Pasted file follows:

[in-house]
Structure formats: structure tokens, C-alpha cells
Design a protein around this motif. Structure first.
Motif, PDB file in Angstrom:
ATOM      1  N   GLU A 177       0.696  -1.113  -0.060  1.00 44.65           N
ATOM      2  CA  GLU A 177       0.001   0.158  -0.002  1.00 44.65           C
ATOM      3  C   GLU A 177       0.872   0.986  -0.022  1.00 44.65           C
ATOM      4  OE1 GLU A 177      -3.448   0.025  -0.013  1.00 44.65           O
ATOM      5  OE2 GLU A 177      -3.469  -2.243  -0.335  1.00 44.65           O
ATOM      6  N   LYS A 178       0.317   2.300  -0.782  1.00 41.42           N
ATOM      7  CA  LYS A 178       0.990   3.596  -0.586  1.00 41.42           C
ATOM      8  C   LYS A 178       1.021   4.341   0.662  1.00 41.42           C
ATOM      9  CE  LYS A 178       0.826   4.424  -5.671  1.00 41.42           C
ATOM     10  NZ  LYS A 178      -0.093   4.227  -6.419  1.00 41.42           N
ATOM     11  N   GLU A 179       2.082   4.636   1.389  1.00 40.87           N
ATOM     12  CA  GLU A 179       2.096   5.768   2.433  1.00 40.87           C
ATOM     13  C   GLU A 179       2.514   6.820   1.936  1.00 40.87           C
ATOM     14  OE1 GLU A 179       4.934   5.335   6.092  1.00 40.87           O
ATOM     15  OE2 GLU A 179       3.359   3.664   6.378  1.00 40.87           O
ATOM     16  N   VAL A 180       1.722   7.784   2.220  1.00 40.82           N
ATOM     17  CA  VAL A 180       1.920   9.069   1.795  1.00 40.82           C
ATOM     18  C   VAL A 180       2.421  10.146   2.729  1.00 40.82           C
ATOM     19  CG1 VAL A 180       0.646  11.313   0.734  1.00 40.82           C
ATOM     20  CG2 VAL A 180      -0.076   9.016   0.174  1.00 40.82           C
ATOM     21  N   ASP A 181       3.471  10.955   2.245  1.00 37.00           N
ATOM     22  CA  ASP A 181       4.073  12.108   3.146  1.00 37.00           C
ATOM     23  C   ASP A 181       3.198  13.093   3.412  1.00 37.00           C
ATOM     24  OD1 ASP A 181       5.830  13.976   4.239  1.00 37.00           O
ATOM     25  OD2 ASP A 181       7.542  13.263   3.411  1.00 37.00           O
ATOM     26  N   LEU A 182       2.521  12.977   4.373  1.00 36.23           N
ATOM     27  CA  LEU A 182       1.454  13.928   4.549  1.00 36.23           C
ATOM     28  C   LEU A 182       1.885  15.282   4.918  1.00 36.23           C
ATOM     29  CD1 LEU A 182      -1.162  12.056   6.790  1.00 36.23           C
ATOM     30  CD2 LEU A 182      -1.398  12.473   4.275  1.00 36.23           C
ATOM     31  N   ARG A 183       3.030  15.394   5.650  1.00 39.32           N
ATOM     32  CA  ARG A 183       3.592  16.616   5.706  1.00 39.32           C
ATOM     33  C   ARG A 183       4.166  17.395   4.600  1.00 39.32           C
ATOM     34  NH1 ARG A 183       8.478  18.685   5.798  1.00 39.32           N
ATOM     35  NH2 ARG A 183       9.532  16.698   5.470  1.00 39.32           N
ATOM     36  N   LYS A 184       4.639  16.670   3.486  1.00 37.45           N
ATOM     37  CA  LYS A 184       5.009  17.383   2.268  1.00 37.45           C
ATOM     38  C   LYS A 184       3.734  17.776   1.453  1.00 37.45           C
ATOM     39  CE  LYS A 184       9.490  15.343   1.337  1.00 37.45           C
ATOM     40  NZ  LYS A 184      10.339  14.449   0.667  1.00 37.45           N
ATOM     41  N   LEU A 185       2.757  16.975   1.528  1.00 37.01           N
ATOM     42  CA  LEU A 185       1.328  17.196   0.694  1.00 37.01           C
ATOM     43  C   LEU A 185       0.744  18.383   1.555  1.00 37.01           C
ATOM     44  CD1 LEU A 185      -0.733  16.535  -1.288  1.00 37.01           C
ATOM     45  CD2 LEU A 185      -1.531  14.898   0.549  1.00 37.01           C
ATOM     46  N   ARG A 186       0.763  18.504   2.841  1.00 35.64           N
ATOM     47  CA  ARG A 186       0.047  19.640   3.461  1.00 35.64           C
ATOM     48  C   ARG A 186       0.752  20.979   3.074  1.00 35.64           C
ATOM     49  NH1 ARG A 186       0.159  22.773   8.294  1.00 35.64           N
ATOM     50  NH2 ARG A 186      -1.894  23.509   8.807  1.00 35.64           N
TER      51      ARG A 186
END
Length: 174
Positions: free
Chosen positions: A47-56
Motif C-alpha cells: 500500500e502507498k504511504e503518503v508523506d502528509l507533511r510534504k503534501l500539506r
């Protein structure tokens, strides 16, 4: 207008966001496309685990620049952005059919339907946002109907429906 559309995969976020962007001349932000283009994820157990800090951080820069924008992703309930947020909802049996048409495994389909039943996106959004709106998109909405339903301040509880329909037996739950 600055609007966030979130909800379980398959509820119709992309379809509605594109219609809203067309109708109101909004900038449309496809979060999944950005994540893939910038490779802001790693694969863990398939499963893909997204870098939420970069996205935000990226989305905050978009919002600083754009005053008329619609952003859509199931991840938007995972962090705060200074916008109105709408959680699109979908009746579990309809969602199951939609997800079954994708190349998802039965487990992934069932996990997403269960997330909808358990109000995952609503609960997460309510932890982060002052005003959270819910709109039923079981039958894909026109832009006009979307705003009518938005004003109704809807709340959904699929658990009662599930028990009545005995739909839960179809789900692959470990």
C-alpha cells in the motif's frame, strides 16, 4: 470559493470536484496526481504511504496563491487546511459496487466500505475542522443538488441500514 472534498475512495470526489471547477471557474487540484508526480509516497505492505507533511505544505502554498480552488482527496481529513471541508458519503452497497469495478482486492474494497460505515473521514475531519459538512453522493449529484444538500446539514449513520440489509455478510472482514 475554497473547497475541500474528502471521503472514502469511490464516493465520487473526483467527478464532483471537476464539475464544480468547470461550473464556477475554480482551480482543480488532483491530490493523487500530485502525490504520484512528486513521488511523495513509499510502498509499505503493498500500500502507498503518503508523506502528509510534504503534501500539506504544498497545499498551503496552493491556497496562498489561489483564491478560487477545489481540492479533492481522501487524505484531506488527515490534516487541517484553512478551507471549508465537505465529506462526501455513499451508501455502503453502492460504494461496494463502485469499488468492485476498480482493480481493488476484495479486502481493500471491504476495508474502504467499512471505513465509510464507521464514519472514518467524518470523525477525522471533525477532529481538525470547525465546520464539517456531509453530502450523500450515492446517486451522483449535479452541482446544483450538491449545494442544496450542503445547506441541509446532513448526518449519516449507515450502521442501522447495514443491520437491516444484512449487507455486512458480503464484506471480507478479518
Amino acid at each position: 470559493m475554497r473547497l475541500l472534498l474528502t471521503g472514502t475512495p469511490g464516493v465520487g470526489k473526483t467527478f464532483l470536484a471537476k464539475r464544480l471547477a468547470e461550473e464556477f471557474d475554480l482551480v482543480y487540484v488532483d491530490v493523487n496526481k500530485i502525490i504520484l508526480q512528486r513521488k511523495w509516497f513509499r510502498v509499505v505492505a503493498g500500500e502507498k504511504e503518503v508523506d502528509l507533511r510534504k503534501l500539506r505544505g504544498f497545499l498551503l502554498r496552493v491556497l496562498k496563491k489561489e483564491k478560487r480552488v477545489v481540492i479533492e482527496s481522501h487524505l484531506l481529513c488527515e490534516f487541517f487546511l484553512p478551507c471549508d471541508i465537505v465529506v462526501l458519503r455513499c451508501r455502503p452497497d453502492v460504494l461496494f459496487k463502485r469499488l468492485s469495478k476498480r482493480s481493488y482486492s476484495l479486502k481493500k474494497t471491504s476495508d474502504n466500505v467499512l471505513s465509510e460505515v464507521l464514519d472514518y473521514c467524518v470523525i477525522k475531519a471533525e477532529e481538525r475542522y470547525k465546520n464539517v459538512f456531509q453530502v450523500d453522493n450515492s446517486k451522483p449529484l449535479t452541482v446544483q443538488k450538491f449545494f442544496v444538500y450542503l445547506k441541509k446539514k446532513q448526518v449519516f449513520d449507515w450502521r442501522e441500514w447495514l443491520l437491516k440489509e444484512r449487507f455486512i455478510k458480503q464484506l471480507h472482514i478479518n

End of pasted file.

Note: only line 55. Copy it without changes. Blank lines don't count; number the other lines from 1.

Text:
TER      51      ARG A 186